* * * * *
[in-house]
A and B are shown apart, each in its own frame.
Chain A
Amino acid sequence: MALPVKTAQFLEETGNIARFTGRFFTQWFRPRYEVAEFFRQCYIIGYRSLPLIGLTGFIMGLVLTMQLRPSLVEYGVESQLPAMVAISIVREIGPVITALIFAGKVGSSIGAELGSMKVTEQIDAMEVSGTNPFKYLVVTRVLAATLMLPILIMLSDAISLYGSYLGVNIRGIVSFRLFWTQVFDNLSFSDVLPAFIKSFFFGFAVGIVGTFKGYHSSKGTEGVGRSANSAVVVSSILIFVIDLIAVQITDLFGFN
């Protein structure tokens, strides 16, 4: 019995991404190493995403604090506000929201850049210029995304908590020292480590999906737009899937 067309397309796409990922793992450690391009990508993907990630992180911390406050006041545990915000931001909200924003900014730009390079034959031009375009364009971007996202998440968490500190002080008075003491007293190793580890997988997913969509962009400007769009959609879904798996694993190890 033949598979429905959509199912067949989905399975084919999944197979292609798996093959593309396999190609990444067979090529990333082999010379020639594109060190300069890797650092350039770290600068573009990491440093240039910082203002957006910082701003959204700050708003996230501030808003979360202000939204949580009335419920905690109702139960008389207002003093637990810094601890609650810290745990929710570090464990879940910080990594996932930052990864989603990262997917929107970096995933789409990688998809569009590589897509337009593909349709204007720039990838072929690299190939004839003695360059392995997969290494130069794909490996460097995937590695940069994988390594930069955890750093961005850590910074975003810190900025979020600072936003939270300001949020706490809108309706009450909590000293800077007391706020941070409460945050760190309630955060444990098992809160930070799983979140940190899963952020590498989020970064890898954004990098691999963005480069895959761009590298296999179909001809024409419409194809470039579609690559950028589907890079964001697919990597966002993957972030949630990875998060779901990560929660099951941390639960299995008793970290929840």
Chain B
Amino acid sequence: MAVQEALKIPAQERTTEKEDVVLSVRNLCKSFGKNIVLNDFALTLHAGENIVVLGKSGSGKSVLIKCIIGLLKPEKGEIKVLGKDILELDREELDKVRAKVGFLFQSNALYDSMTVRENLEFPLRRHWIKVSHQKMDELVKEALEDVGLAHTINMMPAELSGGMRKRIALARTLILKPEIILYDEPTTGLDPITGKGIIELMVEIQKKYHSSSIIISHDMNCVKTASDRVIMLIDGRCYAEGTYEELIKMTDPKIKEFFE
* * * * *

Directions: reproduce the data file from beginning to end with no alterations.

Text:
[in-house]
A and B are shown apart, each in its own frame.
Chain A
Amino acid sequence: MALPVKTAQFLEETGNIARFTGRFFTQWFRPRYEVAEFFRQCYIIGYRSLPLIGLTGFIMGLVLTMQLRPSLVEYGVESQLPAMVAISIVREIGPVITALIFAGKVGSSIGAELGSMKVTEQIDAMEVSGTNPFKYLVVTRVLAATLMLPILIMLSDAISLYGSYLGVNIRGIVSFRLFWTQVFDNLSFSDVLPAFIKSFFFGFAVGIVGTFKGYHSSKGTEGVGRSANSAVVVSSILIFVIDLIAVQITDLFGFN
């Protein structure tokens, strides 16, 4: 019995991404190493995403604090506000929201850049210029995304908590020292480590999906737009899937 067309397309796409990922793992450690391009990508993907990630992180911390406050006041545990915000931001909200924003900014730009390079034959031009375009364009971007996202998440968490500190002080008075003491007293190793580890997988997913969509962009400007769009959609879904798996694993190890 033949598979429905959509199912067949989905399975084919999944197979292609798996093959593309396999190609990444067979090529990333082999010379020639594109060190300069890797650092350039770290600068573009990491440093240039910082203002957006910082701003959204700050708003996230501030808003979360202000939204949580009335419920905690109702139960008389207002003093637990810094601890609650810290745990929710570090464990879940910080990594996932930052990864989603990262997917929107970096995933789409990688998809569009590589897509337009593909349709204007720039990838072929690299190939004839003695360059392995997969290494130069794909490996460097995937590695940069994988390594930069955890750093961005850590910074975003810190900025979020600072936003939270300001949020706490809108309706009450909590000293800077007391706020941070409460945050760190309630955060444990098992809160930070799983979140940190899963952020590498989020970064890898954004990098691999963005480069895959761009590298296999179909001809024409419409194809470039579609690559950028589907890079964001697919990597966002993957972030949630990875998060779901990560929660099951941390639960299995008793970290929840």
Chain B
Amino acid sequence: MAVQEALKIPAQERTTEKEDVVLSVRNLCKSFGKNIVLNDFALTLHAGENIVVLGKSGSGKSVLIKCIIGLLKPEKGEIKVLGKDILELDREELDKVRAKVGFLFQSNALYDSMTVRENLEFPLRRHWIKVSHQKMDELVKEALEDVGLAHTINMMPAELSGGMRKRIALARTLILKPEIILYDEPTTGLDPITGKGIIELMVEIQKKYHSSSIIISHDMNCVKTASDRVIMLIDGRCYAEGTYEELIKMTDPKIKEFFE